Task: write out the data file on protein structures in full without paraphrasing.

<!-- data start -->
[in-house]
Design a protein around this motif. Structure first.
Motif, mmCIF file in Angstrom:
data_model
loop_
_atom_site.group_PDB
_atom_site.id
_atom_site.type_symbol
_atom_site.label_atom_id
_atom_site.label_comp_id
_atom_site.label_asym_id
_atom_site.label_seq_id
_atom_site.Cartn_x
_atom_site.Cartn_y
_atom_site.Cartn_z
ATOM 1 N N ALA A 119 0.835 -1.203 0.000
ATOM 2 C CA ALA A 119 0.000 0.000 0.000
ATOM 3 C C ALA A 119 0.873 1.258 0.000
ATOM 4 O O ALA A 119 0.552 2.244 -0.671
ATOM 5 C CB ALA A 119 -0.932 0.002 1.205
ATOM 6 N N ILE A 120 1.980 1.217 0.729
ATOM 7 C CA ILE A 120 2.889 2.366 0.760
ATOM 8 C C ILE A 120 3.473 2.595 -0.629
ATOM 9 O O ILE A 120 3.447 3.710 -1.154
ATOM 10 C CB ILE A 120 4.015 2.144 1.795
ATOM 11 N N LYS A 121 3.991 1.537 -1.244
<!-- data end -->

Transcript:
[in-house]
Design a protein around this motif. Structure first.
Motif, mmCIF file in Angstrom:
data_model
loop_
_atom_site.group_PDB
_atom_site.id
_atom_site.type_symbol
_atom_site.label_atom_id
_atom_site.label_comp_id
_atom_site.label_asym_id
_atom_site.label_seq_id
_atom_site.Cartn_x
_atom_site.Cartn_y
_atom_site.Cartn_z
ATOM 1 N N ALA A 119 0.835 -1.203 0.000
ATOM 2 C CA ALA A 119 0.000 0.000 0.000
ATOM 3 C C ALA A 119 0.873 1.258 0.000
ATOM 4 O O ALA A 119 0.552 2.244 -0.671
ATOM 5 C CB ALA A 119 -0.932 0.002 1.205
ATOM 6 N N ILE A 120 1.980 1.217 0.729
ATOM 7 C CA ILE A 120 2.889 2.366 0.760
ATOM 8 C C ILE A 120 3.473 2.595 -0.629
ATOM 9 O O ILE A 120 3.447 3.710 -1.154
ATOM 10 C CB ILE A 120 4.015 2.144 1.795
ATOM 11 N N LYS A 121 3.991 1.537 -1.244